During the busy time of conducting a clinical trial, it’s difficult to maintain close communication and frequent dialogue with sponsors and CROs. It’s little wonder, then, that it’s often hard to keep track of payments and where money is at any given moment. Accounts and billings during a clinical trial can become highly complicated processes.
The reality is that you probably could be billing your sponsors for much more than you are currently.
Many sites just aren’t aware of costings they could be passing on and are instead bearing the burden themselves.
Here’s five ways to transform your billing practices and start keeping everything you’ve earned:
1. Regulatory Expenses
One main reason sites are losing money to sponsors is because their staff are not constantly aware of expenses related to regulation. To prevent this, it is important that you have the correct processes in place and your staff are aware of the proper procedure for calculating and billing expenses incurred. IRB fees and safety reports are classic examples of costs that may not be billed if staff are unaware that they have been paid. If your staff are not aware of expenses, they won’t bill for them and you will be out of pocket.
2. Missing Payments
Constant communication is the key to a great relationship between sponsors and sites. But even when this is optimized, circumstances and lapses may still occur that cause delays in payments from sponsors or CROs. In such a scenario, the key to making sure you don’t ultimately lose money is to be meticulous in keeping track of your accounts receivable, knowing how much A/R is outstanding and tracking payments.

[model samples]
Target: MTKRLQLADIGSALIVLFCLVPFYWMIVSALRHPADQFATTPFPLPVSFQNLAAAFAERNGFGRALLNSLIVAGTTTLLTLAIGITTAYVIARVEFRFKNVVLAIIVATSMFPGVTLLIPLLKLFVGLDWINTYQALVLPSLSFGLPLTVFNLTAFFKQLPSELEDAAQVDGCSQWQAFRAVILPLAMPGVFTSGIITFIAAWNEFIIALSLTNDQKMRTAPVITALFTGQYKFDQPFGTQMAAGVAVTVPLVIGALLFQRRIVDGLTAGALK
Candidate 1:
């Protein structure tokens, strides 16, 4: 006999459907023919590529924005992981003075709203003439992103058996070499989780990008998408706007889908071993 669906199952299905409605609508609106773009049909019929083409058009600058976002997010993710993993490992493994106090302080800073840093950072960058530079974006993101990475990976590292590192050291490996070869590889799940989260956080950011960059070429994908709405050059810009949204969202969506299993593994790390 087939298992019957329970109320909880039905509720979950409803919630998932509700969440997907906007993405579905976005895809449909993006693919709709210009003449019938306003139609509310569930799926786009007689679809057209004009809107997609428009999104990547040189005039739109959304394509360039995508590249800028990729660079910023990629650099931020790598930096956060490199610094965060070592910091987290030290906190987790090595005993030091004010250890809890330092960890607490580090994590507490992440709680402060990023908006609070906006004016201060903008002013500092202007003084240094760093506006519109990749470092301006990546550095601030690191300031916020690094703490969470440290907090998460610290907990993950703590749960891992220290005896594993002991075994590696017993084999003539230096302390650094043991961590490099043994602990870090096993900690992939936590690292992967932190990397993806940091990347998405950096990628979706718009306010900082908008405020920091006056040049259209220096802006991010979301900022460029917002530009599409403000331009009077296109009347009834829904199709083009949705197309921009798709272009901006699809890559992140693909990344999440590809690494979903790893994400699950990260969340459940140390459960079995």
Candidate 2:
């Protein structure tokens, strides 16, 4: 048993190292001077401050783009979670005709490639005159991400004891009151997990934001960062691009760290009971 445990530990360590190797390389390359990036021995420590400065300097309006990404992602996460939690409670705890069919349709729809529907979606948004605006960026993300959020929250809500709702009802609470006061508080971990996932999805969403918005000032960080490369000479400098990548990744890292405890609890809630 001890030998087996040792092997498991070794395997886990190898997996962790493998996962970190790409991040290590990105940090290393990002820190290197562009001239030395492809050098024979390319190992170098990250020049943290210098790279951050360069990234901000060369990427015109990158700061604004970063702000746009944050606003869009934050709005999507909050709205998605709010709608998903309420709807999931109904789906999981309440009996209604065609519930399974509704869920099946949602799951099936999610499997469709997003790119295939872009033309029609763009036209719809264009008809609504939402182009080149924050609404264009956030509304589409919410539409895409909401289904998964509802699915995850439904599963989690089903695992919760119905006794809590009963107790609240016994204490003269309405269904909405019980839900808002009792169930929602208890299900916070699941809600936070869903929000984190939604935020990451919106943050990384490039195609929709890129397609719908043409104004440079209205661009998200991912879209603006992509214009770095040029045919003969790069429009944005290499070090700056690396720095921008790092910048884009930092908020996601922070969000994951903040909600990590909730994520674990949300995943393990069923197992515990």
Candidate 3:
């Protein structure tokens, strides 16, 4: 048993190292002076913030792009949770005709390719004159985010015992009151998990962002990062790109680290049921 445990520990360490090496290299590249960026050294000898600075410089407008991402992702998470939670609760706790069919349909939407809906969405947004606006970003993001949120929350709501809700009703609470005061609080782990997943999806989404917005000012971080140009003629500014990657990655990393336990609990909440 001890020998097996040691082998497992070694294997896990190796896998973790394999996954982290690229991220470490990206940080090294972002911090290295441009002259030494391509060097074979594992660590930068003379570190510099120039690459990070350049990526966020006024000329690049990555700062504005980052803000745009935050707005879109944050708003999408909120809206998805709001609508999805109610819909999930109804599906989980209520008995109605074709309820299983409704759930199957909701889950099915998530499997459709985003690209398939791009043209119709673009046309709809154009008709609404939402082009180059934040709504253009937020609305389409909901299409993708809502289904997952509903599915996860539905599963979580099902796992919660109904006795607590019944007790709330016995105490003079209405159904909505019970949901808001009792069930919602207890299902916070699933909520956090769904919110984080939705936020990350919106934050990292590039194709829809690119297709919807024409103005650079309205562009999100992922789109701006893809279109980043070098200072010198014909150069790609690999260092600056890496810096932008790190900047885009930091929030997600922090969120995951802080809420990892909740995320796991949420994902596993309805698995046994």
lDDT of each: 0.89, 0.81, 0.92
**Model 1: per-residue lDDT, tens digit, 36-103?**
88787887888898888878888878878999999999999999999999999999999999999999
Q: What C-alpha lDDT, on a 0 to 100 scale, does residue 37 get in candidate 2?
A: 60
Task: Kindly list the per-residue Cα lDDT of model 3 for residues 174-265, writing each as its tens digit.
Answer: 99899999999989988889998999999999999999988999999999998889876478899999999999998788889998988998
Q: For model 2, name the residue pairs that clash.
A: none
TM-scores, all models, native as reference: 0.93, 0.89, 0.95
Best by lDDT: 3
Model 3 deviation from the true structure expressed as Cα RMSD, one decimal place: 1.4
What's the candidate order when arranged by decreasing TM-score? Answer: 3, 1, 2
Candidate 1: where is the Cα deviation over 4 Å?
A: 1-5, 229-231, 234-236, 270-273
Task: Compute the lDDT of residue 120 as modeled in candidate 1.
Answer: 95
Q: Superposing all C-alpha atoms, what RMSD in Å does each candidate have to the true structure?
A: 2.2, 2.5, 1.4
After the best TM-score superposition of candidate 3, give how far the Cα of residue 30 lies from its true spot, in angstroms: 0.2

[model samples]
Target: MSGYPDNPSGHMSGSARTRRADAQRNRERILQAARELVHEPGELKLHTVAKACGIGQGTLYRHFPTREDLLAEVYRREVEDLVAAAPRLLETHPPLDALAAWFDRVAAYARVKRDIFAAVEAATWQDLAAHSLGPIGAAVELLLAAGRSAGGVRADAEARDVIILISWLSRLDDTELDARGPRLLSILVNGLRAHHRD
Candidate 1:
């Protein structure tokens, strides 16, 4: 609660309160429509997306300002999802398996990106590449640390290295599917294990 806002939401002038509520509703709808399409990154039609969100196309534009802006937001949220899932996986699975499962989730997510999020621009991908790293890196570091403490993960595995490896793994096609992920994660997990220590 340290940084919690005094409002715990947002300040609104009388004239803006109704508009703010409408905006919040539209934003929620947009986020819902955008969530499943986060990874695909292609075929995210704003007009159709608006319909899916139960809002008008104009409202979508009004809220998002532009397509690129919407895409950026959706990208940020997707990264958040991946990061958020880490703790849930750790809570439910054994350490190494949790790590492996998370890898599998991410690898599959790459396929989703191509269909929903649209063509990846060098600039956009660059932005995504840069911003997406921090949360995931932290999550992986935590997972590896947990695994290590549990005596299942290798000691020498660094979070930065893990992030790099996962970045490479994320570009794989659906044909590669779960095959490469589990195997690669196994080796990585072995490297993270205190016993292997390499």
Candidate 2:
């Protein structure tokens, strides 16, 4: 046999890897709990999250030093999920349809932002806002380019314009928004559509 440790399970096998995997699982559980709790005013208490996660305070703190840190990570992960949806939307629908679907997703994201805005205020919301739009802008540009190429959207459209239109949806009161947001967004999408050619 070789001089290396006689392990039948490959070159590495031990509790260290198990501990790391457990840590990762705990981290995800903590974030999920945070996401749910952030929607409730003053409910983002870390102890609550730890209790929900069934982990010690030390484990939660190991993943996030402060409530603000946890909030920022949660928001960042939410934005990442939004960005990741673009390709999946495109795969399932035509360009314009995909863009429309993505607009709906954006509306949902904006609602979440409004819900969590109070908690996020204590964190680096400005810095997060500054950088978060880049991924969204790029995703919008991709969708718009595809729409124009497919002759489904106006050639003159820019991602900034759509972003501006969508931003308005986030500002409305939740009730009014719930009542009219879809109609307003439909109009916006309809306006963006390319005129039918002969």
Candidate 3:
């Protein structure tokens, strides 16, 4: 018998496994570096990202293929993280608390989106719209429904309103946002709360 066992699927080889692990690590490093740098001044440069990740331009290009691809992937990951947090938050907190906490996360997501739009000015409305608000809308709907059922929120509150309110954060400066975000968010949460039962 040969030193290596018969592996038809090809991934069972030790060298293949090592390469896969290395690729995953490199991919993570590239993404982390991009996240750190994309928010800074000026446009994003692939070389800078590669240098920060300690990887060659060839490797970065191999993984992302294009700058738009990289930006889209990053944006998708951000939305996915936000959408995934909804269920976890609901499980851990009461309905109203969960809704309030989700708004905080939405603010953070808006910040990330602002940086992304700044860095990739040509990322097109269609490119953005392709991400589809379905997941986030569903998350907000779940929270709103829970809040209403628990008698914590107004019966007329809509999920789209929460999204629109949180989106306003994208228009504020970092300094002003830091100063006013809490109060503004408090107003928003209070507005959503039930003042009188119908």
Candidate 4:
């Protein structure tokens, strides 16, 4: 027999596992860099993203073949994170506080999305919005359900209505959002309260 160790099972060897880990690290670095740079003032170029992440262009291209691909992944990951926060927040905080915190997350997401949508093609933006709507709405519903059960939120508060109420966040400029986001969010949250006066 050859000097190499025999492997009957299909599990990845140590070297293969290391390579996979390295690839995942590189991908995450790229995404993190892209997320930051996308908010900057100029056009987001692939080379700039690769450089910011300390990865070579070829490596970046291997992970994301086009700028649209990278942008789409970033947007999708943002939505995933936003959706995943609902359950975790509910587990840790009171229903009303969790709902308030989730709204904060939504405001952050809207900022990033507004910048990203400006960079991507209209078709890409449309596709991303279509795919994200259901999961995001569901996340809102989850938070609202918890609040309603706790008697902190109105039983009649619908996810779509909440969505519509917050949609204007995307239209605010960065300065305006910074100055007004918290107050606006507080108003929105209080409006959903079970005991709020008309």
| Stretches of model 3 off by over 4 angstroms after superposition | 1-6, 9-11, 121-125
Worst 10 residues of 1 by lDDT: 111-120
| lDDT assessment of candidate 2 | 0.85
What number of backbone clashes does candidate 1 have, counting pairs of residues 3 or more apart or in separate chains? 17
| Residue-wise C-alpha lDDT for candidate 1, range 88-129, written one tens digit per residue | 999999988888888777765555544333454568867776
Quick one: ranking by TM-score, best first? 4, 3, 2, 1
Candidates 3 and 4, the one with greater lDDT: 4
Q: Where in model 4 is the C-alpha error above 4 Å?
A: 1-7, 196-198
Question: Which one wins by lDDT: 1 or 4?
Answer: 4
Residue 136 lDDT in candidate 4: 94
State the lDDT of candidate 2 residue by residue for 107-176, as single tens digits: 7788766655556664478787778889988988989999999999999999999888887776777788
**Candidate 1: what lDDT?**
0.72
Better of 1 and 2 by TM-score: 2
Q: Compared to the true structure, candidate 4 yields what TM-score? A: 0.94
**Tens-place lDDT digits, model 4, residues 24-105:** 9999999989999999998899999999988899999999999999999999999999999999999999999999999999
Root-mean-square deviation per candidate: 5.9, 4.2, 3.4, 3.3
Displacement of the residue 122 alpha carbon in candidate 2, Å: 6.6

Failure to keep track of payments being withheld by a sponsor until the conclusion of a study is another pitfall. Sites can often be susceptible too, and this can potentially lose you money and make study close-out far more complicated. It’s important to keep accurate records of the amounts being withheld, for the entirety of the study. These amounts are likely to make up a fairly significant amount of your A/R so tracking payments meticulously simple makes sound financial sense.
4. Serious Adverse Events
SAE’s can occur at any time; they can be unexpected and complicated. Because of this, when they do happen, they swallow up enormous amounts of your staff’s time. These costs and any other expenses associated with SAE’s should be properly communicated and billed to your sponsors so that you are not left to pay the price.
5. Study-Specific Expenses
Sponsors have a duty to support you, not only with payments, but with any equipment or practical support you need to carry out the requirements of a protocol. Ensure that you are always requesting help with necessary expenses if your site is not properly equipped to fulfil certain requirements.